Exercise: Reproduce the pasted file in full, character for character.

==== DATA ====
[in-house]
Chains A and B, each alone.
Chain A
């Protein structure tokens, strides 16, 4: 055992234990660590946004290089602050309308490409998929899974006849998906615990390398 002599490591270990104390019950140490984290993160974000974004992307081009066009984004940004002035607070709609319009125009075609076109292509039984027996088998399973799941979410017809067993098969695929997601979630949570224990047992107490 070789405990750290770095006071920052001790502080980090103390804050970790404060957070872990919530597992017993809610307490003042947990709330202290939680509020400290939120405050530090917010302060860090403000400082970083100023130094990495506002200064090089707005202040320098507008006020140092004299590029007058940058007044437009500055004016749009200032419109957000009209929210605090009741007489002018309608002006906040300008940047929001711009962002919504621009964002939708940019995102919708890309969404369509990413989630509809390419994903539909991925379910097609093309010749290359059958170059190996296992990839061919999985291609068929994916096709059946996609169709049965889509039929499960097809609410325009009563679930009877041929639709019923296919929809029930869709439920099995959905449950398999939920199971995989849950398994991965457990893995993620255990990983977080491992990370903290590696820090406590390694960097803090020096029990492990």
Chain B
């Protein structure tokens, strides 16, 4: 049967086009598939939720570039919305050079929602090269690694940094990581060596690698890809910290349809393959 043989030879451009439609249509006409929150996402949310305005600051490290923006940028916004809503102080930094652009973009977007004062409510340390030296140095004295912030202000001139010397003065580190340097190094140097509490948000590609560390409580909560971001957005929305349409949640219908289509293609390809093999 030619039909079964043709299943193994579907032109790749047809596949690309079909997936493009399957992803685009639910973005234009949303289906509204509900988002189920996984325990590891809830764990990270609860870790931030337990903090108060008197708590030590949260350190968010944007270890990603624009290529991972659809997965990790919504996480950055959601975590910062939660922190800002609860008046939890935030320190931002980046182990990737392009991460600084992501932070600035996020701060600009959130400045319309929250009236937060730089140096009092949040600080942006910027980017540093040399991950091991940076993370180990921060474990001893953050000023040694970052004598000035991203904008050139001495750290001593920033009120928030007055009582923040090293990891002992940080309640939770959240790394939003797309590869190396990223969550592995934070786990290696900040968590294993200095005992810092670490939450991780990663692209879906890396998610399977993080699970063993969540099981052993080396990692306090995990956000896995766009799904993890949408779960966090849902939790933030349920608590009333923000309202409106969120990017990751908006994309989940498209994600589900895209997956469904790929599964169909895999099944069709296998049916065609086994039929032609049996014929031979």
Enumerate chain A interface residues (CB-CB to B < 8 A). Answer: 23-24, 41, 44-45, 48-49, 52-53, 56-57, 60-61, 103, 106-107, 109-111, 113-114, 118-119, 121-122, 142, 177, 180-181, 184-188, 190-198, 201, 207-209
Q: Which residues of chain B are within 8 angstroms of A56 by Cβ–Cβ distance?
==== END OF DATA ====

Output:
[in-house]
Chains A and B, each alone.
Chain A
């Protein structure tokens, strides 16, 4: 055992234990660590946004290089602050309308490409998929899974006849998906615990390398 002599490591270990104390019950140490984290993160974000974004992307081009066009984004940004002035607070709609319009125009075609076109292509039984027996088998399973799941979410017809067993098969695929997601979630949570224990047992107490 070789405990750290770095006071920052001790502080980090103390804050970790404060957070872990919530597992017993809610307490003042947990709330202290939680509020400290939120405050530090917010302060860090403000400082970083100023130094990495506002200064090089707005202040320098507008006020140092004299590029007058940058007044437009500055004016749009200032419109957000009209929210605090009741007489002018309608002006906040300008940047929001711009962002919504621009964002939708940019995102919708890309969404369509990413989630509809390419994903539909991925379910097609093309010749290359059958170059190996296992990839061919999985291609068929994916096709059946996609169709049965889509039929499960097809609410325009009563679930009877041929639709019923296919929809029930869709439920099995959905449950398999939920199971995989849950398994991965457990893995993620255990990983977080491992990370903290590696820090406590390694960097803090020096029990492990």
Chain B
């Protein structure tokens, strides 16, 4: 049967086009598939939720570039919305050079929602090269690694940094990581060596690698890809910290349809393959 043989030879451009439609249509006409929150996402949310305005600051490290923006940028916004809503102080930094652009973009977007004062409510340390030296140095004295912030202000001139010397003065580190340097190094140097509490948000590609560390409580909560971001957005929305349409949640219908289509293609390809093999 030619039909079964043709299943193994579907032109790749047809596949690309079909997936493009399957992803685009639910973005234009949303289906509204509900988002189920996984325990590891809830764990990270609860870790931030337990903090108060008197708590030590949260350190968010944007270890990603624009290529991972659809997965990790919504996480950055959601975590910062939660922190800002609860008046939890935030320190931002980046182990990737392009991460600084992501932070600035996020701060600009959130400045319309929250009236937060730089140096009092949040600080942006910027980017540093040399991950091991940076993370180990921060474990001893953050000023040694970052004598000035991203904008050139001495750290001593920033009120928030007055009582923040090293990891002992940080309640939770959240790394939003797309590869190396990223969550592995934070786990290696900040968590294993200095005992810092670490939450991780990663692209879906890396998610399977993080699970063993969540099981052993080396990692306090995990956000896995766009799904993890949408779960966090849902939790933030349920608590009333923000309202409106969120990017990751908006994309989940498209994600589900895209997956469904790929599964169909895999099944069709296998049916065609086994039929032609049996014929031979």
Enumerate chain A interface residues (CB-CB to B < 8 A). Answer: 23-24, 41, 44-45, 48-49, 52-53, 56-57, 60-61, 103, 106-107, 109-111, 113-114, 118-119, 121-122, 142, 177, 180-181, 184-188, 190-198, 201, 207-209
Q: Which residues of chain B are within 8 angstroms of A56 by Cβ–Cβ distance?